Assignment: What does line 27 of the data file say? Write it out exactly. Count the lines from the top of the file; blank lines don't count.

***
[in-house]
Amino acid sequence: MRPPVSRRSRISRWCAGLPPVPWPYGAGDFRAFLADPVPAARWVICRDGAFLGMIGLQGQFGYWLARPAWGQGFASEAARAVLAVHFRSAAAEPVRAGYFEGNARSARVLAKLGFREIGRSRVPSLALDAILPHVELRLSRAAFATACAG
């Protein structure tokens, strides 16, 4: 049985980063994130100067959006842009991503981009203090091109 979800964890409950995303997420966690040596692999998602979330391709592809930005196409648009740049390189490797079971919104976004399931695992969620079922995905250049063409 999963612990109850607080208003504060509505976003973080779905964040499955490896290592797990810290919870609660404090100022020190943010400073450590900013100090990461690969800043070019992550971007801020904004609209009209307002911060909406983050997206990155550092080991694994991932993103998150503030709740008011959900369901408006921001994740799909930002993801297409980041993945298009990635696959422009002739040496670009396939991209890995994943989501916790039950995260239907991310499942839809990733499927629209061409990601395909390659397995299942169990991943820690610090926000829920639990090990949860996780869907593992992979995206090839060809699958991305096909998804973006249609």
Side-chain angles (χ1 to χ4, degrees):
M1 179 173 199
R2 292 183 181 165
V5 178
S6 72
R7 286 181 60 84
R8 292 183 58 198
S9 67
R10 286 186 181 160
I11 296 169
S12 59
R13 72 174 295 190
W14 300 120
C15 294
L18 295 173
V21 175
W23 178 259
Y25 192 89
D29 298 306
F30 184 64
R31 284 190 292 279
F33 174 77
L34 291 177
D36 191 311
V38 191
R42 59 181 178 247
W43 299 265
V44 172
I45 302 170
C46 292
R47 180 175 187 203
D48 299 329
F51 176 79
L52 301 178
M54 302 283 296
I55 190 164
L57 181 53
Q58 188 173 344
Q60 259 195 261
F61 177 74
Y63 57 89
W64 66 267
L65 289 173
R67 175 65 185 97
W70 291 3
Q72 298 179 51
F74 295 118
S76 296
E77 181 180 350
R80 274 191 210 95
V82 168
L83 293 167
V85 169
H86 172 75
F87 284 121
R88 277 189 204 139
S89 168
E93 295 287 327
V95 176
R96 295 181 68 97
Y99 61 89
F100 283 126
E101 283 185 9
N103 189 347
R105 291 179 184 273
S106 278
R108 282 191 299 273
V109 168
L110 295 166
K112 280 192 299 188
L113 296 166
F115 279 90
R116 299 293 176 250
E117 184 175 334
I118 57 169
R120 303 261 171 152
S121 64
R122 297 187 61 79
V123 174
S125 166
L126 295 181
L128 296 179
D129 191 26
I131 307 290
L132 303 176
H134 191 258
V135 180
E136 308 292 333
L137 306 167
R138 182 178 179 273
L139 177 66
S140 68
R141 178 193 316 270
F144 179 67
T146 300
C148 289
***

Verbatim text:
D36 191 311